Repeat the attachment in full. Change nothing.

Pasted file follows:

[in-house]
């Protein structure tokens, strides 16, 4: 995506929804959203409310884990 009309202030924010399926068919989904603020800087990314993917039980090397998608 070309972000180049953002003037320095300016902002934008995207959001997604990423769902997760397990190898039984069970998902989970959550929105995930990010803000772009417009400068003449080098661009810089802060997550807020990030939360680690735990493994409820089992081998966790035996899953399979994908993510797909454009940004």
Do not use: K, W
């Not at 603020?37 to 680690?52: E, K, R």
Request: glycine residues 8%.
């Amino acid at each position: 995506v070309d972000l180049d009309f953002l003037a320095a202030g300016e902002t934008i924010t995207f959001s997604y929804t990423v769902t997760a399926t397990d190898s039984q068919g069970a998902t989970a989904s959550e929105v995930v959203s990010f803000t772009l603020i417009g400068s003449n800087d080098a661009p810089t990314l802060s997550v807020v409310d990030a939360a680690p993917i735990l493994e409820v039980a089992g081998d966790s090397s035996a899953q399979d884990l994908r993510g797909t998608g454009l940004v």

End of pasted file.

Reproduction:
[in-house]
């Protein structure tokens, strides 16, 4: 995506929804959203409310884990 009309202030924010399926068919989904603020800087990314993917039980090397998608 070309972000180049953002003037320095300016902002934008995207959001997604990423769902997760397990190898039984069970998902989970959550929105995930990010803000772009417009400068003449080098661009810089802060997550807020990030939360680690735990493994409820089992081998966790035996899953399979994908993510797909454009940004």
Do not use: K, W
């Not at 603020?37 to 680690?52: E, K, R």
Request: glycine residues 8%.
């Amino acid at each position: 995506v070309d972000l180049d009309f953002l003037a320095a202030g300016e902002t934008i924010t995207f959001s997604y929804t990423v769902t997760a399926t397990d190898s039984q068919g069970a998902t989970a989904s959550e929105v995930v959203s990010f803000t772009l603020i417009g400068s003449n800087d080098a661009p810089t990314l802060s997550v807020v409310d990030a939360a680690p993917i735990l493994e409820v039980a089992g081998d966790s090397s035996a899953q399979d884990l994908r993510g797909t998608g454009l940004v």